Understandably, everyone is focusing on the incredible acceleration of Tesla’s new Model S P100D – 0 to 60 mph in 2.5 seconds – but what is even more interesting, to me at least, is that the Model S is now the first all-electric car with over 300 miles of range.

We are talking about an EPA-rated range, which is pretty close to real-world range under most conditions. While the EPA hasn’t released the official rating yet, Tesla is generally pretty good at estimating it and they are talking about 315 miles – up from the 294 miles of Tesla previously longest range model: the Model S 90D.

The 90D received a rated highway range of over 300 miles by the EPA, but the P100D will be a first for the generally advertised highway and city driving cycle.

The new 100 kWh allows Tesla to extend its lead in high energy capacity battery packs. As we mentioned in the past, Tesla is years ahead of the industry in the segment. The Model S’ first officially announced all-electric competitor in the luxury sedan segment is the Porsche Mission E which is expected to hit the market in 2019.

Porsche says that it is aiming for the Mission E to have “over 310 miles of range” (500 km) on a single charge. Being based in Germany, Porsche is likely basing the estimate on the New European Driving Cycle (NEDC), which is much more forgiving than the EPA rating.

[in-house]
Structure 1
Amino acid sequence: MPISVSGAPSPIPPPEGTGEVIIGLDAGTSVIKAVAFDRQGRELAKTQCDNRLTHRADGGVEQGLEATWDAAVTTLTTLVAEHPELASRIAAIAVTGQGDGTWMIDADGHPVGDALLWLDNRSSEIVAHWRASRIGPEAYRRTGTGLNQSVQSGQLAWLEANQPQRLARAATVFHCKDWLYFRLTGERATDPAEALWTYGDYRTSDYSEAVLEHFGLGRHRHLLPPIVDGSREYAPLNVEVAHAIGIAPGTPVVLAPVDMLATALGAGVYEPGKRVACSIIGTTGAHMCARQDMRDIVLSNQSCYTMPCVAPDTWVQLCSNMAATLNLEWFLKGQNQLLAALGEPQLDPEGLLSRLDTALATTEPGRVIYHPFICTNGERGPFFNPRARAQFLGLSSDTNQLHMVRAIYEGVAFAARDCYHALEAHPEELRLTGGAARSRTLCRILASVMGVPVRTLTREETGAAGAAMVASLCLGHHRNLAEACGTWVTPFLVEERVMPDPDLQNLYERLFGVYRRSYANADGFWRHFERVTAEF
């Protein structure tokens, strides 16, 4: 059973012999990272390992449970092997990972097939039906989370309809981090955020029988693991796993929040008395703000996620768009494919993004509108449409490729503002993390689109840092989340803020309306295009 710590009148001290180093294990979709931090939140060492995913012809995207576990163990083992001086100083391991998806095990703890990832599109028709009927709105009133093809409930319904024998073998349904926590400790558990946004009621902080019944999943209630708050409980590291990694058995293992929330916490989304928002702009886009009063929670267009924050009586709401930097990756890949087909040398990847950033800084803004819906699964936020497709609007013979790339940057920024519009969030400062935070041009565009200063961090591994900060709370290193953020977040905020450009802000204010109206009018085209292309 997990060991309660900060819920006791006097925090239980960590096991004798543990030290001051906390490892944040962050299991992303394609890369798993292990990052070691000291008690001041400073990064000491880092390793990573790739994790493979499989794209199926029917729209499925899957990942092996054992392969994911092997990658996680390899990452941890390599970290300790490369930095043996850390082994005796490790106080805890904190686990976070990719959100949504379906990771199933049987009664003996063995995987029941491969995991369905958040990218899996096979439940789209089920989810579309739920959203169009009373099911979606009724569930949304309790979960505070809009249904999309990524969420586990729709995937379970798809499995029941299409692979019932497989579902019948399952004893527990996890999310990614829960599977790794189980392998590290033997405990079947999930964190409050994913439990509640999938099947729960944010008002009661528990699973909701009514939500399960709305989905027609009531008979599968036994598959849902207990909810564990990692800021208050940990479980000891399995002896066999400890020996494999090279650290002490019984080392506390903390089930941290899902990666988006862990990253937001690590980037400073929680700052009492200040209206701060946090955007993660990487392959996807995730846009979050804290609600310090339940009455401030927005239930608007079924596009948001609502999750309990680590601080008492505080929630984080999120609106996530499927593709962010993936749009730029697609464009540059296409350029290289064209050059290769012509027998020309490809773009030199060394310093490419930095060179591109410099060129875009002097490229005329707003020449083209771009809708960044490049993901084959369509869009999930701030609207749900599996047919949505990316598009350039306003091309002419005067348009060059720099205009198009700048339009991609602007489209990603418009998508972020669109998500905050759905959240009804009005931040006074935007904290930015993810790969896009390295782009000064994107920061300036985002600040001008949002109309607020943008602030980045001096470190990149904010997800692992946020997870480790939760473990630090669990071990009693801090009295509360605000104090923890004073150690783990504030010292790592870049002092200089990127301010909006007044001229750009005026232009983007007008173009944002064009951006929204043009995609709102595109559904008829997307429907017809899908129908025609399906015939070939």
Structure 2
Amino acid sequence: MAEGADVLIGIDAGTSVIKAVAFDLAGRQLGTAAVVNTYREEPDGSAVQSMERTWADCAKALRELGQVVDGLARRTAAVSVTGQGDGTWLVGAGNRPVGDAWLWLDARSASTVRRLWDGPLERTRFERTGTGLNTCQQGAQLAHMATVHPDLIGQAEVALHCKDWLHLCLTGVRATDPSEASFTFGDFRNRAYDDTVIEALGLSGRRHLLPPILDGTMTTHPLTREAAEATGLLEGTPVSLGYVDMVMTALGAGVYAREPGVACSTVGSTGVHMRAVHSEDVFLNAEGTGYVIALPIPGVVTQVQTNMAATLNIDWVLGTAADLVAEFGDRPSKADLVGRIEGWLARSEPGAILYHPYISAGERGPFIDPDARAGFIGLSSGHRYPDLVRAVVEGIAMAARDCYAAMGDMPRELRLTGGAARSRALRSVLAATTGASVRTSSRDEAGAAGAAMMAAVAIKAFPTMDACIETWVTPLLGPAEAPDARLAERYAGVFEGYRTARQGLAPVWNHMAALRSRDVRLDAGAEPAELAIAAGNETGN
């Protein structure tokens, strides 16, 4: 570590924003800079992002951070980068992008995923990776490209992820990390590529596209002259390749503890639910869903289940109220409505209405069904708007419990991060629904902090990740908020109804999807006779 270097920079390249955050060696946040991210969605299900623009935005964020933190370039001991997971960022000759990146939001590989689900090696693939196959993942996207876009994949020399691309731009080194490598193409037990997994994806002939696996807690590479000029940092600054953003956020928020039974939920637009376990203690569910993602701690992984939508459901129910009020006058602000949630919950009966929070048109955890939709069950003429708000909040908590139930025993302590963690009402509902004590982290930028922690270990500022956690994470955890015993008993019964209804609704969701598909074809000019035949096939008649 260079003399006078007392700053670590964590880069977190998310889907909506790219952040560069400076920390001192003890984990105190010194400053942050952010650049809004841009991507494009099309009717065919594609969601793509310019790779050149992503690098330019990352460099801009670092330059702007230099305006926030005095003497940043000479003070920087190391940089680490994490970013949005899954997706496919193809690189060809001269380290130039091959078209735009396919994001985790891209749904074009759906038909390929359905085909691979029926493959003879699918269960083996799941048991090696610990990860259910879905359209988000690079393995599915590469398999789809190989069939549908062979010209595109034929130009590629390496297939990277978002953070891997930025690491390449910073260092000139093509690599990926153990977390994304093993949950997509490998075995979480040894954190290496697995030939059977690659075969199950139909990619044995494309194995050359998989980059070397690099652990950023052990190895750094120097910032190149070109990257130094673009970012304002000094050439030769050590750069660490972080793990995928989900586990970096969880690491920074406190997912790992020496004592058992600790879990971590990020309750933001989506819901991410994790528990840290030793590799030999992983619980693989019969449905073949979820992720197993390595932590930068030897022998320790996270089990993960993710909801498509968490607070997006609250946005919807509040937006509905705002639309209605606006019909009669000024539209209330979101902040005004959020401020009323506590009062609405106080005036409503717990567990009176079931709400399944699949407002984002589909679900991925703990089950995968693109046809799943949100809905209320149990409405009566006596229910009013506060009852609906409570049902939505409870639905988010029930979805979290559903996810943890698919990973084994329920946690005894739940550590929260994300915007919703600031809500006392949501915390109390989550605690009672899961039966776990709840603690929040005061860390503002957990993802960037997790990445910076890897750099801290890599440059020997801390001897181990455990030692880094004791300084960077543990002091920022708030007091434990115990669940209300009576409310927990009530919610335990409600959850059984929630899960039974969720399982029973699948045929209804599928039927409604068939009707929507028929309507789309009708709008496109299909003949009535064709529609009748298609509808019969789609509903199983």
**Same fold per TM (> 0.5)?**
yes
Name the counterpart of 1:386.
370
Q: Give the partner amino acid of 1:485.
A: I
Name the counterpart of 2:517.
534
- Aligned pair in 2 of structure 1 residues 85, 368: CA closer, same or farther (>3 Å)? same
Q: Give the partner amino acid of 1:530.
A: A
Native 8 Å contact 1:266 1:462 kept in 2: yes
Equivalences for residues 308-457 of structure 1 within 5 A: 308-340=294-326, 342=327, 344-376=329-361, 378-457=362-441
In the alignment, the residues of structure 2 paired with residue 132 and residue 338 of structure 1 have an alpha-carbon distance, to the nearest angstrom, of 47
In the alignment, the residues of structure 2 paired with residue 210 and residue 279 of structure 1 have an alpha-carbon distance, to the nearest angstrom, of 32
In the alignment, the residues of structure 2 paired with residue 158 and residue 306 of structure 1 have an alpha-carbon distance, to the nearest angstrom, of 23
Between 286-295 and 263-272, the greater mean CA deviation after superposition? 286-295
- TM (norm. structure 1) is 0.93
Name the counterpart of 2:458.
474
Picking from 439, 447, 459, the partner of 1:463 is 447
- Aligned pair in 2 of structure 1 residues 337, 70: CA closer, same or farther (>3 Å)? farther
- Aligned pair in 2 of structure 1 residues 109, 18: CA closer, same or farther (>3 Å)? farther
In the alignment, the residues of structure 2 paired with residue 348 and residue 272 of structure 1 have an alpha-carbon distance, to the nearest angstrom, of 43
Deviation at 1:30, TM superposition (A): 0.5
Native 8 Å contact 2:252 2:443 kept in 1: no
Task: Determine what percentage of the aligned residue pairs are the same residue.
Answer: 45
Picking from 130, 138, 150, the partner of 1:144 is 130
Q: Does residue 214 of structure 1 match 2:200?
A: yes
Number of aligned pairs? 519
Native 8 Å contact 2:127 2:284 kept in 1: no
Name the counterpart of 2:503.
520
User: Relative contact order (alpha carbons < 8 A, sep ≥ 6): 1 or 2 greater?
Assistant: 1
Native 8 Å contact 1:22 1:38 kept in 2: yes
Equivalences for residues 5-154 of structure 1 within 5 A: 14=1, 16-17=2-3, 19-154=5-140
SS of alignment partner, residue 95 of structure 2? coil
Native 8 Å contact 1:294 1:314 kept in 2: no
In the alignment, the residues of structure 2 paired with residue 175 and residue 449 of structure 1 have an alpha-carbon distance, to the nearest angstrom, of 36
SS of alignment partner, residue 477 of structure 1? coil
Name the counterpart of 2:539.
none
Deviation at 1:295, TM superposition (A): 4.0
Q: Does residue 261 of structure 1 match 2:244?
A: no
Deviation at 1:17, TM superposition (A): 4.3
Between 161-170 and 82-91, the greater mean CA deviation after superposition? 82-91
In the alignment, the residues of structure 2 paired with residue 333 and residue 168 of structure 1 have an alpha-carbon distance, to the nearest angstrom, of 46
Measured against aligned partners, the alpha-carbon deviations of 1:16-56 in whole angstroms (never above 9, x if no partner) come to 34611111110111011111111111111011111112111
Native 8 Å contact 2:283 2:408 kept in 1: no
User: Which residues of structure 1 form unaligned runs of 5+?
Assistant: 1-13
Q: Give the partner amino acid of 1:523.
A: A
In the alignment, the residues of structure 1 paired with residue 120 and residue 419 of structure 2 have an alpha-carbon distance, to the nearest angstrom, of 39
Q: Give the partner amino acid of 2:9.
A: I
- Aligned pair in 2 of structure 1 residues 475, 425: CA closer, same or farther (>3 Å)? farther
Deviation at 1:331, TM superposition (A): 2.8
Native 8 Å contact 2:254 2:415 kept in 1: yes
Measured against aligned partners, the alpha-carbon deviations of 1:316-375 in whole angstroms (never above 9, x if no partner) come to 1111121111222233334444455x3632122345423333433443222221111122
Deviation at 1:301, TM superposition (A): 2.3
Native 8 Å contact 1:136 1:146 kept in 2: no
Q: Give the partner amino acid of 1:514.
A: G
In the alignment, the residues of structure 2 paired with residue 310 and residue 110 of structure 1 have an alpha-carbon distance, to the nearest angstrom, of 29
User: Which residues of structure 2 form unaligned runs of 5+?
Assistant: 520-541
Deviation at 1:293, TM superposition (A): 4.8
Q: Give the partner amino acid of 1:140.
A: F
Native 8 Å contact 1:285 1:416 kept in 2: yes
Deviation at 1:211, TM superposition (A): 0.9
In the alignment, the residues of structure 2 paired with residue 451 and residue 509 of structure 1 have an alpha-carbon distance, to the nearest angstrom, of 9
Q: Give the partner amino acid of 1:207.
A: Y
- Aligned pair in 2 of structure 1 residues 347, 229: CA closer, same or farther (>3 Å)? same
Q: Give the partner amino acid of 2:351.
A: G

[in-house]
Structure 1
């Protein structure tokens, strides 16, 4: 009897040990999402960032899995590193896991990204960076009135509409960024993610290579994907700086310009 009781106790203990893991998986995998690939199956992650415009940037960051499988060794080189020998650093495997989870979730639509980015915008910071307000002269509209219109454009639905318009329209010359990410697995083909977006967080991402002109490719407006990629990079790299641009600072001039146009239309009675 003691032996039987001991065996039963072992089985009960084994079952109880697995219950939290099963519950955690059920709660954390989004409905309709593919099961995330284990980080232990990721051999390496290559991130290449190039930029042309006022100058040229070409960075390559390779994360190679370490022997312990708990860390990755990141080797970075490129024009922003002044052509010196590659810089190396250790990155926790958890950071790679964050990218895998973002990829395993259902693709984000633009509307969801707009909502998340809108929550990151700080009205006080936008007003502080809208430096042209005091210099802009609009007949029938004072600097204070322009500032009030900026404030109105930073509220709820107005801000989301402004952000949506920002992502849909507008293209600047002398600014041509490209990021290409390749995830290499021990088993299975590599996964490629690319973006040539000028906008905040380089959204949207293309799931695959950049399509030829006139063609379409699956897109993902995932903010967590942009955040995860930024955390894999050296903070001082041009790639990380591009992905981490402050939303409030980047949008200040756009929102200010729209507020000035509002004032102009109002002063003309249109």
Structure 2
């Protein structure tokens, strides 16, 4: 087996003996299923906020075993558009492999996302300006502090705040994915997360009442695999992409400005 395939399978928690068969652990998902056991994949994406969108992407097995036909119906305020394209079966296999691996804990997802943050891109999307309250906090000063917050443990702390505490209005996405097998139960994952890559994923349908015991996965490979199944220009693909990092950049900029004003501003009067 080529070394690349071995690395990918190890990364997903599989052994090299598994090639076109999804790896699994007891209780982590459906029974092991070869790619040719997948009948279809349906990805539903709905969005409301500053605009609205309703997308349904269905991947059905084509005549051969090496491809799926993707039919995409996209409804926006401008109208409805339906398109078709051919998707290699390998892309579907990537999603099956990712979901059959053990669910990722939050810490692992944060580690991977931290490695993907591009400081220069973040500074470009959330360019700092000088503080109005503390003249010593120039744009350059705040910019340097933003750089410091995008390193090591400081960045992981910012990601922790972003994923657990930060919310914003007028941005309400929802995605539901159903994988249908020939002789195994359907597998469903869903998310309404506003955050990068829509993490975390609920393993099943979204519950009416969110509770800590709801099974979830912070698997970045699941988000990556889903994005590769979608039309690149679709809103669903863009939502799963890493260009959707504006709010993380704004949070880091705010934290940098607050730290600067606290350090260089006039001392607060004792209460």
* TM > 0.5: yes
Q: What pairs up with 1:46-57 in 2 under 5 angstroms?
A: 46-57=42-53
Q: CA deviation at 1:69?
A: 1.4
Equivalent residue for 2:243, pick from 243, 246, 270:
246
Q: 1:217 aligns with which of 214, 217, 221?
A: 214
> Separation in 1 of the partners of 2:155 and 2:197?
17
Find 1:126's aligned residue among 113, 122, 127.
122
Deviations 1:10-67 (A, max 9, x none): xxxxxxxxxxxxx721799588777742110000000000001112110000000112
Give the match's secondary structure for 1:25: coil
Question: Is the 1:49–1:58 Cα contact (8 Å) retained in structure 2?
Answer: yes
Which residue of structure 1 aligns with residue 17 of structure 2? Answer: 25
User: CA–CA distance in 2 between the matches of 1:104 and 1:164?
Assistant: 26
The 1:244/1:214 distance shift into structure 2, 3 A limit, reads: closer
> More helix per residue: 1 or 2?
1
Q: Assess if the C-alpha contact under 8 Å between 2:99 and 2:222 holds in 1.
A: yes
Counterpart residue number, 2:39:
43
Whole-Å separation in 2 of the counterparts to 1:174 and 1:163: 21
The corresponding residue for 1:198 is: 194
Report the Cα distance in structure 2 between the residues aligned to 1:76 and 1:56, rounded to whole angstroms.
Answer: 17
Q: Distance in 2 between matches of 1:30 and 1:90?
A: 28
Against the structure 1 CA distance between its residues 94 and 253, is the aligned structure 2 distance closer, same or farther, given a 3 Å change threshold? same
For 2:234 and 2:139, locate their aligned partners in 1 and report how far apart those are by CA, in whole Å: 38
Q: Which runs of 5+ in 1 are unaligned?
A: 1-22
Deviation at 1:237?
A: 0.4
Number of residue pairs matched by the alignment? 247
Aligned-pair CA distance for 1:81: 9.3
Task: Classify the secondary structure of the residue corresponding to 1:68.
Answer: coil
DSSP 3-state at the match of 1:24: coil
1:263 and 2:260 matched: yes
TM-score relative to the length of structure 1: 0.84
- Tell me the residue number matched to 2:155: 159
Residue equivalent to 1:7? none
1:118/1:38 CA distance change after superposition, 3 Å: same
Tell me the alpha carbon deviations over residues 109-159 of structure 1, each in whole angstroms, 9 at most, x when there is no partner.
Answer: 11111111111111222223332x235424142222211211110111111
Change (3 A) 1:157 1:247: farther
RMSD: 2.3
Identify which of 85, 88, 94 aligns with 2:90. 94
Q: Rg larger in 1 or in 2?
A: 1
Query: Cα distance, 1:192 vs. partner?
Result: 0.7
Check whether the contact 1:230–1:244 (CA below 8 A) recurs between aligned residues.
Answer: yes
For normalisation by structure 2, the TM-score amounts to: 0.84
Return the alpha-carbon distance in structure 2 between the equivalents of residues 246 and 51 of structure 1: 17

For example, the new Model S P100D has an estimated NEDC range of 380 miles (613 km). So no matter how you look at it, Tesla has Porsche beaten on range over 3 years in advance. In term of acceleration, Porsche didn’t reveal much information, but the company confirmed aiming for 0 to 60 mph in 3.5 seconds versus Tesla’s 2.5 seconds.

Tesla CEO Elon Musk also confirmed that Tesla will soon have another option with even more range in just a few months when the automaker releases the 100 kWh battery pack in non-performance versions of the Model S and X.

We estimate that a Model S 100D would achieve a range of about 330 miles and ~300 miles for a Model X 100D, but the vehicles will be slower than their “performance” counterparts.

Tesla will be focusing its production on the P100D versions of the S and X for the coming months at a rate of about 200 vehicles per week.

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